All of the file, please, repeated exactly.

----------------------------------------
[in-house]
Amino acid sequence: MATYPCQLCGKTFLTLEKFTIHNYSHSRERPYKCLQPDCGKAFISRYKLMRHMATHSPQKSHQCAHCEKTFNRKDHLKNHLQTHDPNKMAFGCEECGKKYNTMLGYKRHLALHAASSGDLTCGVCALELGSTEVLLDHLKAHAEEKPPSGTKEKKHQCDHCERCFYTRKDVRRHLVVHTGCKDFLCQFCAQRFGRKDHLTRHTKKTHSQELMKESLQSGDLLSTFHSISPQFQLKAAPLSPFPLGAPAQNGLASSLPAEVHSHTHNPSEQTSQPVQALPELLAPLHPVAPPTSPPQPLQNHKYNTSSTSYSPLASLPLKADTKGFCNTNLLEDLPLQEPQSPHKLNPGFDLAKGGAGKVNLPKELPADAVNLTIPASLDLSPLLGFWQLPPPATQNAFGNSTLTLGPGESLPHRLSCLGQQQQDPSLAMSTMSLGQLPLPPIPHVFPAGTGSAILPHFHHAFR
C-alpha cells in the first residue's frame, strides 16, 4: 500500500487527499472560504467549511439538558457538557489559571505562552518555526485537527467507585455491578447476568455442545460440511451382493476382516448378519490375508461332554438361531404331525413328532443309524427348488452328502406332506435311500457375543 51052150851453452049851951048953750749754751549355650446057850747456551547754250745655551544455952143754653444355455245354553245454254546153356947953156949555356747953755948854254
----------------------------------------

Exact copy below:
[in-house]
Amino acid sequence: MATYPCQLCGKTFLTLEKFTIHNYSHSRERPYKCLQPDCGKAFISRYKLMRHMATHSPQKSHQCAHCEKTFNRKDHLKNHLQTHDPNKMAFGCEECGKKYNTMLGYKRHLALHAASSGDLTCGVCALELGSTEVLLDHLKAHAEEKPPSGTKEKKHQCDHCERCFYTRKDVRRHLVVHTGCKDFLCQFCAQRFGRKDHLTRHTKKTHSQELMKESLQSGDLLSTFHSISPQFQLKAAPLSPFPLGAPAQNGLASSLPAEVHSHTHNPSEQTSQPVQALPELLAPLHPVAPPTSPPQPLQNHKYNTSSTSYSPLASLPLKADTKGFCNTNLLEDLPLQEPQSPHKLNPGFDLAKGGAGKVNLPKELPADAVNLTIPASLDLSPLLGFWQLPPPATQNAFGNSTLTLGPGESLPHRLSCLGQQQQDPSLAMSTMSLGQLPLPPIPHVFPAGTGSAILPHFHHAFR
C-alpha cells in the first residue's frame, strides 16, 4: 500500500487527499472560504467549511439538558457538557489559571505562552518555526485537527467507585455491578447476568455442545460440511451382493476382516448378519490375508461332554438361531404331525413328532443309524427348488452328502406332506435311500457375543 51052150851453452049851951048953750749754751549355650446057850747456551547754250745655551544455952143754653444355455245354553245454254546153356947953156949555356747953755948854254